On December 14th 1982, a convention of forty years between the episcopal curia of Mazara del Vallo and the Municipality of Salemi, established that all the works of art coming from the churches in the area of Salemi, collapsed or seriously damaged by the earthquake that hit the Valley of Belice in 1968, were granted on loan and deposit to the Municipality of Salemi which undertook to exhibit them in the establishment of the Museum of Religious Art.
In this way the public could keep on enjoying paintings, marble sculptures, wood and other sacred furnishings that were recovered from the Churches of Carmine, Santo Stefano, San Tommaso, the Mother Church, restored and placed in the Municipal Museum, then called Sacred Art, inaugurated after a series of work to adapt and adjust the place.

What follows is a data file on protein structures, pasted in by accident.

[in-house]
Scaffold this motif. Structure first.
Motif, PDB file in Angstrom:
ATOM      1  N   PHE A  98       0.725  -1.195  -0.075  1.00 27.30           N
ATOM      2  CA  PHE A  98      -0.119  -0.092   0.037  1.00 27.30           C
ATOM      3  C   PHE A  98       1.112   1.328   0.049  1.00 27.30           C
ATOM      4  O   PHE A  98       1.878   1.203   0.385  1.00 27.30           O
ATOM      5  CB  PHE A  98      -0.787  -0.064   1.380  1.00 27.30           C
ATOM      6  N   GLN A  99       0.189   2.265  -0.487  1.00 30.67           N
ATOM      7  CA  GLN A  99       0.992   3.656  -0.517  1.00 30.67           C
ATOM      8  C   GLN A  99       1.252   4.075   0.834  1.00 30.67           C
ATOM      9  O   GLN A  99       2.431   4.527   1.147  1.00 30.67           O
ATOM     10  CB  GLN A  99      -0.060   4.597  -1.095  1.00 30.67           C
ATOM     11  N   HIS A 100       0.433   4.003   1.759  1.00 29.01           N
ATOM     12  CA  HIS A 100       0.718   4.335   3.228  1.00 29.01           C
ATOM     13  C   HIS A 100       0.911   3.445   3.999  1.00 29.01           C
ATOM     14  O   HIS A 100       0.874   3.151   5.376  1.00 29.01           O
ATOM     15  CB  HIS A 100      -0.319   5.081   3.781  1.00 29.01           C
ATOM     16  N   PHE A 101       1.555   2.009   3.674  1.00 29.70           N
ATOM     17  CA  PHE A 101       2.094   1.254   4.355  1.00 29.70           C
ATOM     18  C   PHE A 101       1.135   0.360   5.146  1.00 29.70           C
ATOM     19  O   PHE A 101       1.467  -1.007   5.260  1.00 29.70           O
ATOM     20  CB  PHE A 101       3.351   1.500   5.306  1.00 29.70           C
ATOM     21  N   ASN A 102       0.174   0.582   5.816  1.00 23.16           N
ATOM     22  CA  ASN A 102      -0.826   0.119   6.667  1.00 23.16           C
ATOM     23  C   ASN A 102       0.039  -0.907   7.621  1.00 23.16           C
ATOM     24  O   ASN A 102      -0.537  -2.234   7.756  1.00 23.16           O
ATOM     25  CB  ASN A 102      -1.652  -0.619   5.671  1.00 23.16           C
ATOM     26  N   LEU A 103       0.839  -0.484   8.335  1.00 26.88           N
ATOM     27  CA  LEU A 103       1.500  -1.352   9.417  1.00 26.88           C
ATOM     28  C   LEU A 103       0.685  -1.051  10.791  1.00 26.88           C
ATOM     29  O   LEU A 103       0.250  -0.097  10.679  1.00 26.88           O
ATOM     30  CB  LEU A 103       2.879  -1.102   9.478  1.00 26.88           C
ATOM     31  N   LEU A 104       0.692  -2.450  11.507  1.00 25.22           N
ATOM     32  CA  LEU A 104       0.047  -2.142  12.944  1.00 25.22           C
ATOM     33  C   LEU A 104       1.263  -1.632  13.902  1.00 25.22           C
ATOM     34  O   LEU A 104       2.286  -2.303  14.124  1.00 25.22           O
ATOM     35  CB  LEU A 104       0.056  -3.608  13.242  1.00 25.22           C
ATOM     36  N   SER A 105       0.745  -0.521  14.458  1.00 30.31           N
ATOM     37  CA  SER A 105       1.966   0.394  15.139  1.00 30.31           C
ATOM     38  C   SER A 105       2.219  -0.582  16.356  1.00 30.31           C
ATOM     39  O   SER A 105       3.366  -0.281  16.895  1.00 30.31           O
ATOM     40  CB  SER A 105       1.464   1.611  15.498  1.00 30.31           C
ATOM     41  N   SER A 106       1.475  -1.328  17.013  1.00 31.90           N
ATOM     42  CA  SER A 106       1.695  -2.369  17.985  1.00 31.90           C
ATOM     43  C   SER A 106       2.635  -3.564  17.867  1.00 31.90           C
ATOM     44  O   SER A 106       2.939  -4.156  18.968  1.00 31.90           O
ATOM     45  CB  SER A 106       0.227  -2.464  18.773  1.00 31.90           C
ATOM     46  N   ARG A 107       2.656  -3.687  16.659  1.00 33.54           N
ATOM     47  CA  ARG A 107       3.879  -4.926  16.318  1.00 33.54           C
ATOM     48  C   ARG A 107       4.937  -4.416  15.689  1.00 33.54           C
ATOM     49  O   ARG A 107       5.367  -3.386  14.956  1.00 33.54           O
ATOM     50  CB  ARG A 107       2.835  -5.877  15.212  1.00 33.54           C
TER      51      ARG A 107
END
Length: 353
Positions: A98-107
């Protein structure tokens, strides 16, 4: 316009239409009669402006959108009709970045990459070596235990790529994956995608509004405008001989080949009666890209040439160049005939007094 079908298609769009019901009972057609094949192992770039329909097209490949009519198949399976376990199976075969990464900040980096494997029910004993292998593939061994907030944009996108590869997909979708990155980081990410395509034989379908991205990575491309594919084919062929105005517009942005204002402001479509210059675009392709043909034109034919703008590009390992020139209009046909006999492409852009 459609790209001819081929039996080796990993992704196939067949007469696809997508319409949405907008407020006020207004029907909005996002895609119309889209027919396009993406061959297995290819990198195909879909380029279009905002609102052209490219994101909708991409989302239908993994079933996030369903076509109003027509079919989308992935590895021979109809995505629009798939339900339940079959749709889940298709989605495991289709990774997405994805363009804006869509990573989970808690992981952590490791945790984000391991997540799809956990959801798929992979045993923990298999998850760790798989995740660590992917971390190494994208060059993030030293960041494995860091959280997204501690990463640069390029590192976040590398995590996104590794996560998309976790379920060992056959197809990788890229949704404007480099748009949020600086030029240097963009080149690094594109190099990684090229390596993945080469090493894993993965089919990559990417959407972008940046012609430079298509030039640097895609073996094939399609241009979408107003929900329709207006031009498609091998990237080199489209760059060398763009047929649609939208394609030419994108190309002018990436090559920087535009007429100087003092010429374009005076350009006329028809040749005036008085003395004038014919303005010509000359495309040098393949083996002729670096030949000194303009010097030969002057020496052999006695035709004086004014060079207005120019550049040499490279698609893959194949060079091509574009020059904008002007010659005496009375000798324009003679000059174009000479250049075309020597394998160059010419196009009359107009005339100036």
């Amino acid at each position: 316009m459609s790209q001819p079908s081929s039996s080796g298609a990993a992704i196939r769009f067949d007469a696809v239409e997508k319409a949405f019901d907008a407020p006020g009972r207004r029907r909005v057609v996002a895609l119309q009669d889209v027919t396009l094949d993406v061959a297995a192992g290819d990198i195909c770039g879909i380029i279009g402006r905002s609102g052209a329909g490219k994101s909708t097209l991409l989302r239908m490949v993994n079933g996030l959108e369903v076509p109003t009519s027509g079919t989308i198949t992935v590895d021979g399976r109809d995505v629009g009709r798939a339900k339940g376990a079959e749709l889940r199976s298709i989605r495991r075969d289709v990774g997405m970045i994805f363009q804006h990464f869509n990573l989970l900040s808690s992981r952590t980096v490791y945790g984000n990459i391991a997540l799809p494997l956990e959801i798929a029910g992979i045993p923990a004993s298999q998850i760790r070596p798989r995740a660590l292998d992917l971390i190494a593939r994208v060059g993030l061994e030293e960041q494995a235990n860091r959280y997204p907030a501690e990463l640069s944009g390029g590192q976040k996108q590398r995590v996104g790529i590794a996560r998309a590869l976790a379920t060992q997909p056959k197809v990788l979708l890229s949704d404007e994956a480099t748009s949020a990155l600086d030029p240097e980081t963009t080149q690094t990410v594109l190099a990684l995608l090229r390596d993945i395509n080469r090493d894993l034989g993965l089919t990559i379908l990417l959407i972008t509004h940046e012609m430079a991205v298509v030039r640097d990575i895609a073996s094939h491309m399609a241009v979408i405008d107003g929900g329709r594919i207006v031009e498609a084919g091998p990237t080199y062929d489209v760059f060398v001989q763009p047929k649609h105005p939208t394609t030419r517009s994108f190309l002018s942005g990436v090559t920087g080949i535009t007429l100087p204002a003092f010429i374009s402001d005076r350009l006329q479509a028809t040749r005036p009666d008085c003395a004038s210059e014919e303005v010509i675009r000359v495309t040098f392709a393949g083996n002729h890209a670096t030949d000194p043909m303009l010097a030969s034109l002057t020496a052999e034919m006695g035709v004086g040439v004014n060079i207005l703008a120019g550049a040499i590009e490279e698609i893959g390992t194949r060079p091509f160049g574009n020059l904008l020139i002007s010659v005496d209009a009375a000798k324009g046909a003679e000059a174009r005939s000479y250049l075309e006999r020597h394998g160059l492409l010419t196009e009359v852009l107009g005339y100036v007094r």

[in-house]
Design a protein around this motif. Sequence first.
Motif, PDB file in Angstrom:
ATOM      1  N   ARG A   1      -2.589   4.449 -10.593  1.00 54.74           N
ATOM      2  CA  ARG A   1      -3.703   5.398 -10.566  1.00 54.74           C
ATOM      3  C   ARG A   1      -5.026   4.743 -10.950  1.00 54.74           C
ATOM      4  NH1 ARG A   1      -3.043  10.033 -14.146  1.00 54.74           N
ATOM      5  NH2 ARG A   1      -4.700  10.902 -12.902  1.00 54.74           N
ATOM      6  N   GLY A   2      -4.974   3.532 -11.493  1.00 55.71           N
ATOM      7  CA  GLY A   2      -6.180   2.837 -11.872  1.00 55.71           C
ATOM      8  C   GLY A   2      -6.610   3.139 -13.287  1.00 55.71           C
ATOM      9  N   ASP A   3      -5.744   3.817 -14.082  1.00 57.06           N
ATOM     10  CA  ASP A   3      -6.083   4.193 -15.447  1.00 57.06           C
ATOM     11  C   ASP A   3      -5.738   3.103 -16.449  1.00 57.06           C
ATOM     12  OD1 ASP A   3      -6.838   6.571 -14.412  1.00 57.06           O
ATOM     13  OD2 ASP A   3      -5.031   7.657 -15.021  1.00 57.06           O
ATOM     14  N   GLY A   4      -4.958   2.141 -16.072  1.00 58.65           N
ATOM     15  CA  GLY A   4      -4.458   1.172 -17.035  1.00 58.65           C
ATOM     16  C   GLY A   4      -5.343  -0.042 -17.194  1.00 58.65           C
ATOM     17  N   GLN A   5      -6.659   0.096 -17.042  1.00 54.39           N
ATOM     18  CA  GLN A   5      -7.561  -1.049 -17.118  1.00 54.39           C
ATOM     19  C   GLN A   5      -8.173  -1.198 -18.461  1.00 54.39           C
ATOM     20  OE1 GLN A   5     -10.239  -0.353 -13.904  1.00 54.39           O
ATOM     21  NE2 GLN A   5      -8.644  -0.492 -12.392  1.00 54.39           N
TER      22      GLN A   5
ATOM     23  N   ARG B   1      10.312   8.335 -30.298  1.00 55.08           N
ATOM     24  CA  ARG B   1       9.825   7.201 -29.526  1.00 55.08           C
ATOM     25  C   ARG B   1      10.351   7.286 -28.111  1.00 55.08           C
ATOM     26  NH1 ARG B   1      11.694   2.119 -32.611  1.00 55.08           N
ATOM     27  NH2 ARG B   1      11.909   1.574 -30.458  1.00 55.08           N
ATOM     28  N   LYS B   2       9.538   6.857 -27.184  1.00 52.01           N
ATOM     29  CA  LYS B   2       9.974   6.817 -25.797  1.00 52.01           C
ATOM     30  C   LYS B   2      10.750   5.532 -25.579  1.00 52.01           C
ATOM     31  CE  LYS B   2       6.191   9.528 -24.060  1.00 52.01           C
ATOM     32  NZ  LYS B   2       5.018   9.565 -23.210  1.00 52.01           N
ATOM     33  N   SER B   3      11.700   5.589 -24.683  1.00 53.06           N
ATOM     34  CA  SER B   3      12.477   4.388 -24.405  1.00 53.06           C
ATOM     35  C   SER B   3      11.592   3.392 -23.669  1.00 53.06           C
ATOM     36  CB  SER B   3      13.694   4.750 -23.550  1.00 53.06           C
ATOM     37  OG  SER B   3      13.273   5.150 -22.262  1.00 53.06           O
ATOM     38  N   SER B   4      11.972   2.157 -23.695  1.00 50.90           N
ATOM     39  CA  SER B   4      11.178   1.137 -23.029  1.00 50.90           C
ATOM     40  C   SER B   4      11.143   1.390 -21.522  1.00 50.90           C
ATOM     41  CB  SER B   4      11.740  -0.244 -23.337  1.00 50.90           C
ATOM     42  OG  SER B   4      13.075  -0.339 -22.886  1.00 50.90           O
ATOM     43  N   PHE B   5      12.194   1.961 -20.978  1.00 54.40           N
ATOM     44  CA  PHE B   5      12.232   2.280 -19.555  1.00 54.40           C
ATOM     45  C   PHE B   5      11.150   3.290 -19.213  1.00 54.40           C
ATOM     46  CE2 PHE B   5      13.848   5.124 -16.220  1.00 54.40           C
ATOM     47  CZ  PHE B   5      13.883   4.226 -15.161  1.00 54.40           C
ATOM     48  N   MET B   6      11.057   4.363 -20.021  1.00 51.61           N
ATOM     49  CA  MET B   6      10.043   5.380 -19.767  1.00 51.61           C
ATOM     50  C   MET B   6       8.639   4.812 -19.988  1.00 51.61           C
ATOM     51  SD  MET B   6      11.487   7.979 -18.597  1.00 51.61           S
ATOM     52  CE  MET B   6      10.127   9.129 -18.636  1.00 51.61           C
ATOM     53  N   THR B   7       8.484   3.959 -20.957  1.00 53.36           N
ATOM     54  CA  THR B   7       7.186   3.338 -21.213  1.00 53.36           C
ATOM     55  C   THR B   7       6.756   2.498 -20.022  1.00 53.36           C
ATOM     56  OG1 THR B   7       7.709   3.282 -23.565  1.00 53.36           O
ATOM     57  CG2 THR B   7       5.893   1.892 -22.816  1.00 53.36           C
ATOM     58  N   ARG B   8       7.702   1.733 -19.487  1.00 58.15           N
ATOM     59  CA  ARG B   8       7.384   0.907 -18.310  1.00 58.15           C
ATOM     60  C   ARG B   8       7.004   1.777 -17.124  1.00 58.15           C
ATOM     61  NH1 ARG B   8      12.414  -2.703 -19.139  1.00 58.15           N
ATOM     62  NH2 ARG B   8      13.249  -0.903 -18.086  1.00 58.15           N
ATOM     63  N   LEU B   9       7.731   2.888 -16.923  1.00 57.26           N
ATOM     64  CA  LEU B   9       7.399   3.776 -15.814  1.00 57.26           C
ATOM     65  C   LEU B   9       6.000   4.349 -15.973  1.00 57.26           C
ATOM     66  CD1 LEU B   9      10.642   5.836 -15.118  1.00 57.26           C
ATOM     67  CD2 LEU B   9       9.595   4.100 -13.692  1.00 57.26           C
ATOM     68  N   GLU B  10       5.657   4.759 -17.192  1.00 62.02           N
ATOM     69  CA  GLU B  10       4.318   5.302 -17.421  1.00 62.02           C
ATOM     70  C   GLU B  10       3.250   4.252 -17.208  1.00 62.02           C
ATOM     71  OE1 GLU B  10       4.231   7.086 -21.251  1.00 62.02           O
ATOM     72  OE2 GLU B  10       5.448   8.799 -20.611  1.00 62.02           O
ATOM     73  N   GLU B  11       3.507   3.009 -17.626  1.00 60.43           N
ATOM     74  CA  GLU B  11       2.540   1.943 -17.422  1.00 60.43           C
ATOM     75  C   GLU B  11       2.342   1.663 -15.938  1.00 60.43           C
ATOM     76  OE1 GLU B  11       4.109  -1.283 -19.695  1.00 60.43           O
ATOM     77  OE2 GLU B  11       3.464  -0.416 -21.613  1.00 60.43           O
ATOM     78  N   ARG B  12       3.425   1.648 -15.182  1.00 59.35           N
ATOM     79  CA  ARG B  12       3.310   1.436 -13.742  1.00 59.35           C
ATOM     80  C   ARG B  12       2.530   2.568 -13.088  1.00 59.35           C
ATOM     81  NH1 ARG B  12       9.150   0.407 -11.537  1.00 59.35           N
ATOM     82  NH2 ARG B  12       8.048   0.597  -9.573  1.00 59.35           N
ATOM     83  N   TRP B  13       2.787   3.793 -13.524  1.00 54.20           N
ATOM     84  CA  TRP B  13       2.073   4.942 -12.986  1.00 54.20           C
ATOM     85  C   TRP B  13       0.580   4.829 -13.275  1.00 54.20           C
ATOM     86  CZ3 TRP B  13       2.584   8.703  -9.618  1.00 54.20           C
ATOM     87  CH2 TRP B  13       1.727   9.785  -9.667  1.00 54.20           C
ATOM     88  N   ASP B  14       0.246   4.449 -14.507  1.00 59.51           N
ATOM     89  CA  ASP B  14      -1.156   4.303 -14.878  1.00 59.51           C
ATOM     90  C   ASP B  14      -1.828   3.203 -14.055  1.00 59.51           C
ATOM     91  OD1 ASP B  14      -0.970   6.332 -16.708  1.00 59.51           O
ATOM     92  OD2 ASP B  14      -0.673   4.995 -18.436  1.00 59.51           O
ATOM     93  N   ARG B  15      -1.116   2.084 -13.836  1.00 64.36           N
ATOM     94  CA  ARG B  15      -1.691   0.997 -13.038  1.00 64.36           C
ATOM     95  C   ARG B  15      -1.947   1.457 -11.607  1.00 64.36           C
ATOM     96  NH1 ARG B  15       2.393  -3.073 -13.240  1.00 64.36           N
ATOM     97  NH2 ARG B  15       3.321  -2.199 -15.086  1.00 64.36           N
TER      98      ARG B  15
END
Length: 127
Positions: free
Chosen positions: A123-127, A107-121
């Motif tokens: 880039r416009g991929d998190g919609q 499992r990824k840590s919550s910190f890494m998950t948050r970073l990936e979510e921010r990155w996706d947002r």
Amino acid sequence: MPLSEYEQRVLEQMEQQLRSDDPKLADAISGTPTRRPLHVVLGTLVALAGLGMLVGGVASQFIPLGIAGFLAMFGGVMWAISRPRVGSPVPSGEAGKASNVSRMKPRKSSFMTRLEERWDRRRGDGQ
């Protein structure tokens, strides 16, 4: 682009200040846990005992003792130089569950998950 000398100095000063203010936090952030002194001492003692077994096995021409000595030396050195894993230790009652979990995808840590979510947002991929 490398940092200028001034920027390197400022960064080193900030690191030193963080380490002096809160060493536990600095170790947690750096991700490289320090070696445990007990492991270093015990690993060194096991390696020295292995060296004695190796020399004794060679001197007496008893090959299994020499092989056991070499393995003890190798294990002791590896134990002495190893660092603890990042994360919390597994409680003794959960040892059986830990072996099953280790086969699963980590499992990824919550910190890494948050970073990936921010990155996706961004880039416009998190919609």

Nowadays the former Jesuit College, which was founded in 1628 and built from 1652, houses the Museum of Sacred Art on the ground floor and it engages four rooms. The collection of the museum consists of works that covers a vast chronological span ranging from classical to modern art, from Renaissance sculptures to Mannerist and Baroque paintings. The Museum was modernized in its internal structure and scientifically reorganized in 2007 with the exposure of further works of considerable artistic prestige.